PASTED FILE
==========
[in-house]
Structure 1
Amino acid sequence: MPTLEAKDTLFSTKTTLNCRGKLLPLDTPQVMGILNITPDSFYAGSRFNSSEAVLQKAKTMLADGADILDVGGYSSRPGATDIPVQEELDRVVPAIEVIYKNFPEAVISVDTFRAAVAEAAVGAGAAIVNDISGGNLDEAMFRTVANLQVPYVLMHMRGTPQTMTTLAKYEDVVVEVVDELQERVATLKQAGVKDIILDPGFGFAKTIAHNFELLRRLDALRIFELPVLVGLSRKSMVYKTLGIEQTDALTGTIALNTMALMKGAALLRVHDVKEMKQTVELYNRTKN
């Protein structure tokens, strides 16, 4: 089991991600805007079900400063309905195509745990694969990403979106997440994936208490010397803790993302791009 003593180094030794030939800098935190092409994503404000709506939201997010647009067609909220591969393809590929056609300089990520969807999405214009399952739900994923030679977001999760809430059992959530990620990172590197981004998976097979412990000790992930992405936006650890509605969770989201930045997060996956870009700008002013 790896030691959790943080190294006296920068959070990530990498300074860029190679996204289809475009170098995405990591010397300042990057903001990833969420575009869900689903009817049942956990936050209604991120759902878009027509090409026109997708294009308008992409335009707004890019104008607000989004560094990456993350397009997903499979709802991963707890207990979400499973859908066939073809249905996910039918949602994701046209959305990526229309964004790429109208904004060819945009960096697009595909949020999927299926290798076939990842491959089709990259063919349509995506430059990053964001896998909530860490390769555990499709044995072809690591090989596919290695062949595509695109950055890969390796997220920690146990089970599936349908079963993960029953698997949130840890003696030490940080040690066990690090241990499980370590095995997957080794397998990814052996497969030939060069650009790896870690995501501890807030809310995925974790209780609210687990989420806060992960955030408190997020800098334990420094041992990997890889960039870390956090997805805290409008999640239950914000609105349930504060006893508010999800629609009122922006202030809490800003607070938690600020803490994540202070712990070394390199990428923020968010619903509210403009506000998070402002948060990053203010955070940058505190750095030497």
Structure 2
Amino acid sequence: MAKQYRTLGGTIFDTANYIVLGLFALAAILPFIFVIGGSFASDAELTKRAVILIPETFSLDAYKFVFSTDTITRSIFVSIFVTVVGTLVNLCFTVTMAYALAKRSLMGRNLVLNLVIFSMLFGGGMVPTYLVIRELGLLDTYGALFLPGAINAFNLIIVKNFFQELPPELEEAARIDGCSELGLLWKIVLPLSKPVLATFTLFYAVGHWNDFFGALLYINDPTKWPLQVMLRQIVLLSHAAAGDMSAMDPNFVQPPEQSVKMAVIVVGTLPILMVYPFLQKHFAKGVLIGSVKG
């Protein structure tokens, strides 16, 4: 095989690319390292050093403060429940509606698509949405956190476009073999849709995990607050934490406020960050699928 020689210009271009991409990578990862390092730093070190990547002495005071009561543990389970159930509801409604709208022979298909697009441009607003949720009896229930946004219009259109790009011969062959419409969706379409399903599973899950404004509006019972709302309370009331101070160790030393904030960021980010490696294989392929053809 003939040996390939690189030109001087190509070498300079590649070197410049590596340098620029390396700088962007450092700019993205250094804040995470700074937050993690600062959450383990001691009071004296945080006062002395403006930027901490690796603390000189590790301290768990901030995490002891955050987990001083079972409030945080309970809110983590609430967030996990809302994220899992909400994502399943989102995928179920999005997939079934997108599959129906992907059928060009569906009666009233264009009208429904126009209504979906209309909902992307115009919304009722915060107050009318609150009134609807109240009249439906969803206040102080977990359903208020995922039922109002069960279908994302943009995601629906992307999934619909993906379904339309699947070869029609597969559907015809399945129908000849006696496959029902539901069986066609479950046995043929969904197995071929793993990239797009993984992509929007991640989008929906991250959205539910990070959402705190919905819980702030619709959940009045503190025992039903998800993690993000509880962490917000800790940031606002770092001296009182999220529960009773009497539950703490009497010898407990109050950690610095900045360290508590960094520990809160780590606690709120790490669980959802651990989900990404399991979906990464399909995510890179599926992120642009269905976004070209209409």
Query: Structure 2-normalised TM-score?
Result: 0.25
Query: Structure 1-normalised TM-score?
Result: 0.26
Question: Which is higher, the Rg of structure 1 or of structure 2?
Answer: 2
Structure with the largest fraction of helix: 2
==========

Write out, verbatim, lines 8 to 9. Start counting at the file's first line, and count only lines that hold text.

Query: Structure 2-normalised TM-score?
Result: 0.25